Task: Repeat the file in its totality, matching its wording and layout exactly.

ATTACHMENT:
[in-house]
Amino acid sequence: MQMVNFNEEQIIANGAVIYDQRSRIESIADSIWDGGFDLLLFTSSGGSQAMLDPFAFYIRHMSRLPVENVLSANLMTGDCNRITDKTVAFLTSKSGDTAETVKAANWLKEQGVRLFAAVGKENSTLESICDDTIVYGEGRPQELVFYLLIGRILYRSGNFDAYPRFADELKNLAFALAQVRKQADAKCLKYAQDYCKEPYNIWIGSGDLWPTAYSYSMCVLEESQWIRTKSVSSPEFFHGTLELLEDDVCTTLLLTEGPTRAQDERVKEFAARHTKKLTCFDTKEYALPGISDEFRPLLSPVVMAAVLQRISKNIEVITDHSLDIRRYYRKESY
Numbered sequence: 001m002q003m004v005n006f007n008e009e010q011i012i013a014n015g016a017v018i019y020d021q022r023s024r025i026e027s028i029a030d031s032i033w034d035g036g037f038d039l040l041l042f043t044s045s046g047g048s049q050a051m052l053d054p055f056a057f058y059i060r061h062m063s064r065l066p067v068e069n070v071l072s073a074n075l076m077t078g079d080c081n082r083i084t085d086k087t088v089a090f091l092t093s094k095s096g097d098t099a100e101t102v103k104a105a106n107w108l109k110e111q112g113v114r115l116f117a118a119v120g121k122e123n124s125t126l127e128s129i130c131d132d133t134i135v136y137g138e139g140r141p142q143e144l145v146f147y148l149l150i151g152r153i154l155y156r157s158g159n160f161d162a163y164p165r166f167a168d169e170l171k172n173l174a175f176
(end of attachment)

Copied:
[in-house]
Amino acid sequence: MQMVNFNEEQIIANGAVIYDQRSRIESIADSIWDGGFDLLLFTSSGGSQAMLDPFAFYIRHMSRLPVENVLSANLMTGDCNRITDKTVAFLTSKSGDTAETVKAANWLKEQGVRLFAAVGKENSTLESICDDTIVYGEGRPQELVFYLLIGRILYRSGNFDAYPRFADELKNLAFALAQVRKQADAKCLKYAQDYCKEPYNIWIGSGDLWPTAYSYSMCVLEESQWIRTKSVSSPEFFHGTLELLEDDVCTTLLLTEGPTRAQDERVKEFAARHTKKLTCFDTKEYALPGISDEFRPLLSPVVMAAVLQRISKNIEVITDHSLDIRRYYRKESY
Numbered sequence: 001m002q003m004v005n006f007n008e009e010q011i012i013a014n015g016a017v018i019y020d021q022r023s024r025i026e027s028i029a030d031s032i033w034d035g036g037f038d039l040l041l042f043t044s045s046g047g048s049q050a051m052l053d054p055f056a057f058y059i060r061h062m063s064r065l066p067v068e069n070v071l072s073a074n075l076m077t078g079d080c081n082r083i084t085d086k087t088v089a090f091l092t093s094k095s096g097d098t099a100e101t102v103k104a105a106n107w108l109k110e111q112g113v114r115l116f117a118a119v120g121k122e123n124s125t126l127e128s129i130c131d132d133t134i135v136y137g138e139g140r141p142q143e144l145v146f147y148l149l150i151g152r153i154l155y156r157s158g159n160f161d162a163y164p165r166f167a168d169e170l171k172n173l174a175f176